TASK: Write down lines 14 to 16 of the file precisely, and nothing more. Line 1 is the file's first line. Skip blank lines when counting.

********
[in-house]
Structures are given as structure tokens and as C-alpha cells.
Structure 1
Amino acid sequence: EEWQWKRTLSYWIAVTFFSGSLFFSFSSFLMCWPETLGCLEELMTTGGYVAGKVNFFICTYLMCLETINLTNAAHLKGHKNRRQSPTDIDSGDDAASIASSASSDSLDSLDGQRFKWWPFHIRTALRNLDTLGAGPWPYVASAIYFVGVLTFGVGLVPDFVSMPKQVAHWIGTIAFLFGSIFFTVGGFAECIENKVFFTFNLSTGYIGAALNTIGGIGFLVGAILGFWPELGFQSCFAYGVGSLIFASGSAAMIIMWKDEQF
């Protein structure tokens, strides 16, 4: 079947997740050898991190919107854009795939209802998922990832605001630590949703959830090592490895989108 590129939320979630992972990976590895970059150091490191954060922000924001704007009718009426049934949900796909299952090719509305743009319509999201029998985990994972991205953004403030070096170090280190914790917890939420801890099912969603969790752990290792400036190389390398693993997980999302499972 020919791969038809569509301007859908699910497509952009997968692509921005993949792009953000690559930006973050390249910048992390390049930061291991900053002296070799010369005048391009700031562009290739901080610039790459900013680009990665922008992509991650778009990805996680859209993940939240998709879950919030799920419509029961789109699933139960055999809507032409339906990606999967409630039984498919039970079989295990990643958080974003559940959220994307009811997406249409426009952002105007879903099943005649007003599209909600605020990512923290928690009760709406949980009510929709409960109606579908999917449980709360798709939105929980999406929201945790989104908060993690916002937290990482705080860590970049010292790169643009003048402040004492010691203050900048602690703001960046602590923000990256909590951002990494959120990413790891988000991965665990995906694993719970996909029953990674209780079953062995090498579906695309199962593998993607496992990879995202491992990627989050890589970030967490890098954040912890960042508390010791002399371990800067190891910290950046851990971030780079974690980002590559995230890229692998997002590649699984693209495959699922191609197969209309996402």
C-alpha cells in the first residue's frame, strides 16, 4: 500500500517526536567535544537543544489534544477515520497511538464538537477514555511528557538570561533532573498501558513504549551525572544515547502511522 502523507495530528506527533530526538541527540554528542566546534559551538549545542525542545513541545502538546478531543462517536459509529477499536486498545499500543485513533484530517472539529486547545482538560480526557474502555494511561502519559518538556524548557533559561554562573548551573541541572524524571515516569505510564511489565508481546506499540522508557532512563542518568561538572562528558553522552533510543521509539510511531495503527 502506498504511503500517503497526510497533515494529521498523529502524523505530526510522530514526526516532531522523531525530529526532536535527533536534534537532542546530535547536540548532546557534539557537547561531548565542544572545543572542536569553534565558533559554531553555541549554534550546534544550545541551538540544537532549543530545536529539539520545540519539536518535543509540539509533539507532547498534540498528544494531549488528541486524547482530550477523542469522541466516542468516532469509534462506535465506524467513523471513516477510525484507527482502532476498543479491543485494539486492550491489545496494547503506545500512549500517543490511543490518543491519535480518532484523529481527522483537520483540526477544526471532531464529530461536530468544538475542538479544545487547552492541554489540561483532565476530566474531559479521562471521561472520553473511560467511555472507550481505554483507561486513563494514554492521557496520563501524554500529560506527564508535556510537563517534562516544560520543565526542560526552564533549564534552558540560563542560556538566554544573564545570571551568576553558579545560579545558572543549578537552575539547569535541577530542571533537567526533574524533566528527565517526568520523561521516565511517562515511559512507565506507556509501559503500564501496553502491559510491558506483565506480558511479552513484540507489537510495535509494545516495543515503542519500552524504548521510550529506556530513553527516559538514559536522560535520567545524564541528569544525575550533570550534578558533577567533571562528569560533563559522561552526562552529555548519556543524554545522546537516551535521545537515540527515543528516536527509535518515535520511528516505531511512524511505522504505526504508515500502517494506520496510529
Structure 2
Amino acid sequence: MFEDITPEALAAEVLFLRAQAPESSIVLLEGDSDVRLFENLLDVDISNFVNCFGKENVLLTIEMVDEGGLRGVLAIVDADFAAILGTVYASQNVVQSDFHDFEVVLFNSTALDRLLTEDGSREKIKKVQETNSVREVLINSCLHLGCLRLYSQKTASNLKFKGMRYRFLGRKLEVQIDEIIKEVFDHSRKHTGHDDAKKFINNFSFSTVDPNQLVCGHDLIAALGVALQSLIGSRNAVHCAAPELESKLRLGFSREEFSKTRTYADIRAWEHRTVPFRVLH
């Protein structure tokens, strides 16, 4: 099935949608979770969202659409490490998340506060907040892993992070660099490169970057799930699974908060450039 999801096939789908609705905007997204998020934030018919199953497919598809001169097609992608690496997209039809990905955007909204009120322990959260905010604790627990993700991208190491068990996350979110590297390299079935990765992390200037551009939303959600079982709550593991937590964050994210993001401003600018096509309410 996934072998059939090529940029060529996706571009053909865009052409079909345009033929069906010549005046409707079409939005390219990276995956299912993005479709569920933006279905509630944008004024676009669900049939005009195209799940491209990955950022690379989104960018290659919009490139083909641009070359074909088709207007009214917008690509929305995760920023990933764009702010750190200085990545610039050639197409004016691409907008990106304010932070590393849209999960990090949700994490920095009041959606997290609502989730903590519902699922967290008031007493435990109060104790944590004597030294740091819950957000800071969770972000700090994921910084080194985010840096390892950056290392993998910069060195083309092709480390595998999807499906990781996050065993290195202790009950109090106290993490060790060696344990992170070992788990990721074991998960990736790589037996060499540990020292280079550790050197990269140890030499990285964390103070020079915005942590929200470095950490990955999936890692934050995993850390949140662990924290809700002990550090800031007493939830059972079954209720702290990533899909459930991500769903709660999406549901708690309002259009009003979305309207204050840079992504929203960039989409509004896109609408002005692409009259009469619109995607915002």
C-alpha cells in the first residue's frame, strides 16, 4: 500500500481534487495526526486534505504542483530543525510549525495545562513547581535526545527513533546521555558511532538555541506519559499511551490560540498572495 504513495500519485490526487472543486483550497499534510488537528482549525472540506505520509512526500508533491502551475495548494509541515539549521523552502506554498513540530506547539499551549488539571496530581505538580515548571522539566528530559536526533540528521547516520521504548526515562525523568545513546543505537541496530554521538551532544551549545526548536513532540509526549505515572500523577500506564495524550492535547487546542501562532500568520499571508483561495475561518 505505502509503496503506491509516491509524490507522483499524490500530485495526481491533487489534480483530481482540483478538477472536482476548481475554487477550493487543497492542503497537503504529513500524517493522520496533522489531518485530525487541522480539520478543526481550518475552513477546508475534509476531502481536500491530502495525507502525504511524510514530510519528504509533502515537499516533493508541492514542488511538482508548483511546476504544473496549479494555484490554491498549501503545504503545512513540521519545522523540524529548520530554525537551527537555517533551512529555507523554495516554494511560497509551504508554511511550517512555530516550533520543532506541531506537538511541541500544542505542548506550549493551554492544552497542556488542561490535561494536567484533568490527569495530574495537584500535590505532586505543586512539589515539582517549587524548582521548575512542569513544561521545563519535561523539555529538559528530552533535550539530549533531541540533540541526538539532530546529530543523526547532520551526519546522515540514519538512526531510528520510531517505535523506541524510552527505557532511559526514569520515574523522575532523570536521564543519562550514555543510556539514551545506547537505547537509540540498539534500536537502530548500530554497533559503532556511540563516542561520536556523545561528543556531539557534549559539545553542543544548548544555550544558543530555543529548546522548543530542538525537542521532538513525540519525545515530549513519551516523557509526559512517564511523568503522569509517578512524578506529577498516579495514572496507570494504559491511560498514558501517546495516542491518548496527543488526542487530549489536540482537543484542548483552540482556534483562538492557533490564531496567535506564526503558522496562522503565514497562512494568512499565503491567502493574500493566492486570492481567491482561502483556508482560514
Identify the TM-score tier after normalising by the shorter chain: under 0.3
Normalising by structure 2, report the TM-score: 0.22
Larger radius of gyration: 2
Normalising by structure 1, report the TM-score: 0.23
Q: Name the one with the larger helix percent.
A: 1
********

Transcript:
Normalising by structure 1, report the TM-score: 0.23
Q: Name the one with the larger helix percent.
A: 1